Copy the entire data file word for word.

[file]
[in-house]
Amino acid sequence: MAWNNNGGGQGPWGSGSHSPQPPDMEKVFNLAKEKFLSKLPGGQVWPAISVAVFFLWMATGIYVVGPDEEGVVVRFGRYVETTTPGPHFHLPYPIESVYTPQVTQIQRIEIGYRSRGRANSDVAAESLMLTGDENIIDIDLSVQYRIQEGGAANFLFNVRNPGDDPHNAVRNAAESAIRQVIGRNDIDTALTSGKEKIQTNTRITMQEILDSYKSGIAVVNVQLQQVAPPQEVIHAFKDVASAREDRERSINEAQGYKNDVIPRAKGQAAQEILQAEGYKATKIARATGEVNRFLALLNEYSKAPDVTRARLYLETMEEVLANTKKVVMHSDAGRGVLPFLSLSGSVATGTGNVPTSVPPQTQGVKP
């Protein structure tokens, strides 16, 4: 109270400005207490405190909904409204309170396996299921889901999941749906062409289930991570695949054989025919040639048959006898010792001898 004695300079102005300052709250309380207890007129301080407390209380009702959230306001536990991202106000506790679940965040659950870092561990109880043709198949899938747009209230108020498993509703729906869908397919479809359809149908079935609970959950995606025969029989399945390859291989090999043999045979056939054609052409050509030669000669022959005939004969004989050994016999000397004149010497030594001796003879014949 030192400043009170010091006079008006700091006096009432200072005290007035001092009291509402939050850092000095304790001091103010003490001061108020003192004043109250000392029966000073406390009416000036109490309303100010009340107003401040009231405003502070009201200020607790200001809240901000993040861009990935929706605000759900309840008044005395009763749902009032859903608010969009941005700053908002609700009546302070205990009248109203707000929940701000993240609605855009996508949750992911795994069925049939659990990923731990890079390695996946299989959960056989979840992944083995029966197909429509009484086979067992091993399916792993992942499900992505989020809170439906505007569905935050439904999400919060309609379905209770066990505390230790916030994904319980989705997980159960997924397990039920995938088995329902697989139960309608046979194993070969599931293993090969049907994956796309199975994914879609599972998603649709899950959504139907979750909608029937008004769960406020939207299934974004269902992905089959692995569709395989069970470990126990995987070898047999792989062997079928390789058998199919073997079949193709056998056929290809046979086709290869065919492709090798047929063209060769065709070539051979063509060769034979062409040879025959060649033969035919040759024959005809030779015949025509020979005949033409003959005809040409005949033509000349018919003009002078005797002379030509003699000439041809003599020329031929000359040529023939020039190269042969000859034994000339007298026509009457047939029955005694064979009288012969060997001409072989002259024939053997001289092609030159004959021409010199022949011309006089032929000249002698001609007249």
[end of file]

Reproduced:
[in-house]
Amino acid sequence: MAWNNNGGGQGPWGSGSHSPQPPDMEKVFNLAKEKFLSKLPGGQVWPAISVAVFFLWMATGIYVVGPDEEGVVVRFGRYVETTTPGPHFHLPYPIESVYTPQVTQIQRIEIGYRSRGRANSDVAAESLMLTGDENIIDIDLSVQYRIQEGGAANFLFNVRNPGDDPHNAVRNAAESAIRQVIGRNDIDTALTSGKEKIQTNTRITMQEILDSYKSGIAVVNVQLQQVAPPQEVIHAFKDVASAREDRERSINEAQGYKNDVIPRAKGQAAQEILQAEGYKATKIARATGEVNRFLALLNEYSKAPDVTRARLYLETMEEVLANTKKVVMHSDAGRGVLPFLSLSGSVATGTGNVPTSVPPQTQGVKP
């Protein structure tokens, strides 16, 4: 109270400005207490405190909904409204309170396996299921889901999941749906062409289930991570695949054989025919040639048959006898010792001898 004695300079102005300052709250309380207890007129301080407390209380009702959230306001536990991202106000506790679940965040659950870092561990109880043709198949899938747009209230108020498993509703729906869908397919479809359809149908079935609970959950995606025969029989399945390859291989090999043999045979056939054609052409050509030669000669022959005939004969004989050994016999000397004149010497030594001796003879014949 030192400043009170010091006079008006700091006096009432200072005290007035001092009291509402939050850092000095304790001091103010003490001061108020003192004043109250000392029966000073406390009416000036109490309303100010009340107003401040009231405003502070009201200020607790200001809240901000993040861009990935929706605000759900309840008044005395009763749902009032859903608010969009941005700053908002609700009546302070205990009248109203707000929940701000993240609605855009996508949750992911795994069925049939659990990923731990890079390695996946299989959960056989979840992944083995029966197909429509009484086979067992091993399916792993992942499900992505989020809170439906505007569905935050439904999400919060309609379905209770066990505390230790916030994904319980989705997980159960997924397990039920995938088995329902697989139960309608046979194993070969599931293993090969049907994956796309199975994914879609599972998603649709899950959504139907979750909608029937008004769960406020939207299934974004269902992905089959692995569709395989069970470990126990995987070898047999792989062997079928390789058998199919073997079949193709056998056929290809046979086709290869065919492709090798047929063209060769065709070539051979063509060769034979062409040879025959060649033969035919040759024959005809030779015949025509020979005949033409003959005809040409005949033509000349018919003009002078005797002379030509003699000439041809003599020329031929000359040529023939020039190269042969000859034994000339007298026509009457047939029955005694064979009288012969060997001409072989002259024939053997001289092609030159004959021409010199022949011309006089032929000249002698001609007249």